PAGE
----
Gauthier said Waterford needs affordable housing, but most of the Kingstown proposal isn’t affordable. Only 30 percent of the units would be designated affordable, and the rents for those are still more than what most people would consider affordable, he said.

“The rents that are being proposed even in the affordable units are way too high for most folks,” Gauthier said. “And none of these units would be available for purchase, only for rent, meaning that those who live there will not be building equity in their homes.” 

Maximum rents for the 15 affordable units proposed for the development are based on area median income and “fair market rent” in the Norwich-New London area. Based on 2022 data, the affordability plan from Kingstown Properties states the maximum rent for the three-bedroom units would be $1,814 for someone earning 80 percent of the state median income ($91,750 for a family of four), and $1,491 for someone earning 60 percent of the median income ($68,812 for a family of four).

Branse said they meet the definition of “affordable” set by state law, and that many public employees would qualify. 

If Waterford had wanted to avoid big housing developments, Branse argued, the town had 30 years to introduce more affordable options.

“I must have attended, in my life, several thousand zoning meetings,” he said. “It’s never the right place for affordable housing.… That’s why 8-30g exists, because people can be so very creative in coming up with all the reasons why this is the wrong place.”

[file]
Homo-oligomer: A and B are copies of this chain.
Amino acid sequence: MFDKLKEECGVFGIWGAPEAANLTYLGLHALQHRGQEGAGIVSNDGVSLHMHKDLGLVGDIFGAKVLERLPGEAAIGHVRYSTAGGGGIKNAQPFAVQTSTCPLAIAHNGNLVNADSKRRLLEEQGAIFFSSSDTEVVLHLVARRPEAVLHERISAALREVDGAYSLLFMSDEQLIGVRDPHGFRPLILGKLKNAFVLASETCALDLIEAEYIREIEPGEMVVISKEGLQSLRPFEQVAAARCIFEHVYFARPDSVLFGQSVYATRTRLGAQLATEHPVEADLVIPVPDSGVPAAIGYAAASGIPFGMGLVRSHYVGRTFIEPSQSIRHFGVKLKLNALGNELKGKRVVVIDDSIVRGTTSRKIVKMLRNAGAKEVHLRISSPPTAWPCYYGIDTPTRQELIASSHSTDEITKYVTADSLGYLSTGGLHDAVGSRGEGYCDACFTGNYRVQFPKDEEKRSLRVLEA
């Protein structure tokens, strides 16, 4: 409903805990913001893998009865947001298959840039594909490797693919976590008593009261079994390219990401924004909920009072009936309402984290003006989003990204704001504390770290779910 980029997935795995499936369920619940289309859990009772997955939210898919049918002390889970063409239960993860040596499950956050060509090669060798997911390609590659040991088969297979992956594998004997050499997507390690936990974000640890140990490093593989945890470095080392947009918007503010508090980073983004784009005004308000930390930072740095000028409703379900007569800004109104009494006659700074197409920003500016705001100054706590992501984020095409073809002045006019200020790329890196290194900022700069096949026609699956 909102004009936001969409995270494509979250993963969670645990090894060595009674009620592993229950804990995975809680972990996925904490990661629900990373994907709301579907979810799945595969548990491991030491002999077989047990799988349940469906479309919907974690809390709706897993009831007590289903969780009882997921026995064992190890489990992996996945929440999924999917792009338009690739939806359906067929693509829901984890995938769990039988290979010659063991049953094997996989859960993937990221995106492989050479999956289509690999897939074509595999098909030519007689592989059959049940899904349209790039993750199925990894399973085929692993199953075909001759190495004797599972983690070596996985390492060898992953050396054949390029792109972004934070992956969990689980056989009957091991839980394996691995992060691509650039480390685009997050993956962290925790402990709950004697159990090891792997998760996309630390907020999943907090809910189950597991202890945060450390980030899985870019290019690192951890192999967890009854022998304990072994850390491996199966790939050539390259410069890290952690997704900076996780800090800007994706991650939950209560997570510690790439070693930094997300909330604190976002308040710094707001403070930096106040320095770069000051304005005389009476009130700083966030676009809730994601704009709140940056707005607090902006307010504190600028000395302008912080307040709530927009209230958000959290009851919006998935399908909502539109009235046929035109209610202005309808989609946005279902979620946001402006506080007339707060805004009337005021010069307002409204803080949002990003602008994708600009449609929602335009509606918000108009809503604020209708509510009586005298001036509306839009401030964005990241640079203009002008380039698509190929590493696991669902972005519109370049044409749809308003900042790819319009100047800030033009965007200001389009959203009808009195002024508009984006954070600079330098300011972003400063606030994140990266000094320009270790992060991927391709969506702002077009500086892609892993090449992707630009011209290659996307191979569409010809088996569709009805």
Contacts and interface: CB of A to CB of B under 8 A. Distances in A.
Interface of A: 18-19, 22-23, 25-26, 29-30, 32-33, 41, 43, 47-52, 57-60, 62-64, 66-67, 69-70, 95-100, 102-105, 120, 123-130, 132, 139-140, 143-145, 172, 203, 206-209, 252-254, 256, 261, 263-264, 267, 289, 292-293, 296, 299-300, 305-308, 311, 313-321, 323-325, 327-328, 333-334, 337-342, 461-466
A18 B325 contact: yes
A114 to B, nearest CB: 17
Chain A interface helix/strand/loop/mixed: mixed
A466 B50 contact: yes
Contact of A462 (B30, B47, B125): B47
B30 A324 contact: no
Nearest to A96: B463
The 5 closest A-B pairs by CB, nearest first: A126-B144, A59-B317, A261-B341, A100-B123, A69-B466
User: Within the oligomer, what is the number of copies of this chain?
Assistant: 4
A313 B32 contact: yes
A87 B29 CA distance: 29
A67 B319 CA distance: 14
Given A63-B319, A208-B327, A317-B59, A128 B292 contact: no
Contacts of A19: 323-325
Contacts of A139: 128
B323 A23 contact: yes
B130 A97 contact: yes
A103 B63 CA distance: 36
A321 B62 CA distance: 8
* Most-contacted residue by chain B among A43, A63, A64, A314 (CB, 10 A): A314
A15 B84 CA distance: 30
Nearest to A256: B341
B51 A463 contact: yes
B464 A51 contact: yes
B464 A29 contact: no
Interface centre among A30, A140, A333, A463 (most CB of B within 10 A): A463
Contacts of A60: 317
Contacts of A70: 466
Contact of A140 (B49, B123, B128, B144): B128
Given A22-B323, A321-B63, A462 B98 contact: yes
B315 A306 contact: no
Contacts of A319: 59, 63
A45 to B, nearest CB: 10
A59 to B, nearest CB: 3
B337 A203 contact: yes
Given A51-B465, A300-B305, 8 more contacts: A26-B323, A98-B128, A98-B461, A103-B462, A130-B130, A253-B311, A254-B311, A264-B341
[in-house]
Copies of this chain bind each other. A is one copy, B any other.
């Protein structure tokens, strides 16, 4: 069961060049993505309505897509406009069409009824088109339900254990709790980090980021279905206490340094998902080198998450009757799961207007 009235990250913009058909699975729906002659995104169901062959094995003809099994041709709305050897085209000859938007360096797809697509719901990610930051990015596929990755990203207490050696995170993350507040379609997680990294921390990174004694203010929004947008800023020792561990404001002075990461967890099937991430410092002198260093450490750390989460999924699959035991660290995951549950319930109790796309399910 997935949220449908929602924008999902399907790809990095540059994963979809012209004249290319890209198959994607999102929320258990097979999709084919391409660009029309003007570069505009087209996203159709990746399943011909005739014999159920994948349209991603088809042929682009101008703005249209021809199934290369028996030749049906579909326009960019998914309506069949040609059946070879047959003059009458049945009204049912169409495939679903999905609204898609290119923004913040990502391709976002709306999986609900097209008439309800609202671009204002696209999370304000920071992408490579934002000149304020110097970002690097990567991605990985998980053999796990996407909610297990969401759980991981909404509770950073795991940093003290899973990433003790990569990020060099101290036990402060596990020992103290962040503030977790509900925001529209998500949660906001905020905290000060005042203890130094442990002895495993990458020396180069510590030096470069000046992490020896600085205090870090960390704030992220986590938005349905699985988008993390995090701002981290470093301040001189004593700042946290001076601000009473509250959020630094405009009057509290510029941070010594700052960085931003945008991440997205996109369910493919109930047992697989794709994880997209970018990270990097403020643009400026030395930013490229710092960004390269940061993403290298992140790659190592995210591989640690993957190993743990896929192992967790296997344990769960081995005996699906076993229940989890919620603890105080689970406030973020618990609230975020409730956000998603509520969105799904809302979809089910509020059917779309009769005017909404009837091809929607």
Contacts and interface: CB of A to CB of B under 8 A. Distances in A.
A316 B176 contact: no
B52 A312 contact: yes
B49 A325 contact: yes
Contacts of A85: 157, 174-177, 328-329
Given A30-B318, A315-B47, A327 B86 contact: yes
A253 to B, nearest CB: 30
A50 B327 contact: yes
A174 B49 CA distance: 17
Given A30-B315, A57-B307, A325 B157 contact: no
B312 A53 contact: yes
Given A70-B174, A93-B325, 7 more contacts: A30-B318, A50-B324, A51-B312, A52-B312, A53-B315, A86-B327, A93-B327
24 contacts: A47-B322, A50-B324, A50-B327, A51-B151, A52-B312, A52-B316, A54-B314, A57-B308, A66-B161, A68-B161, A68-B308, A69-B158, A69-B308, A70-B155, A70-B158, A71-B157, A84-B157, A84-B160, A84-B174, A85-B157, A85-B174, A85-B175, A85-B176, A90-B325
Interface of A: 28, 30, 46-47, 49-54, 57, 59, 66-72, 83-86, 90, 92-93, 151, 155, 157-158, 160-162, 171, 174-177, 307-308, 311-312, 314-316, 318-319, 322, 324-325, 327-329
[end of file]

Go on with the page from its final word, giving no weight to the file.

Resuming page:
Mark Asnes, a partner in Kingstown Properties and CEO of Freehold Real Estate, said the statute isn’t a “perfect tool,” but it allows them to “give those that want to live in a town as fantastic as Waterford a chance to do so.”

“We’re not going to build our way out of it by trying to build stick-built houses on one parcel. It just isn’t going to happen,” Asnes said. “There’s a real financial constraint that the housing crisis is causing today.”

Gauthier said Kingstown is using an “overly broad” state law to maximize their profits, adding that the town already has income- and age-restricted apartments on Clark Lane. He also suggested Waterford could look at ways to develop affordable housing on the 55 vacant town-owned lots.

“Why can’t we assess and address affordable housing options there, which start from the community out, rather than from private developers in?” he asked.

This story has been updated with comments by Gauthier and corrected numbers for eligibility under the state’s affordable housing laws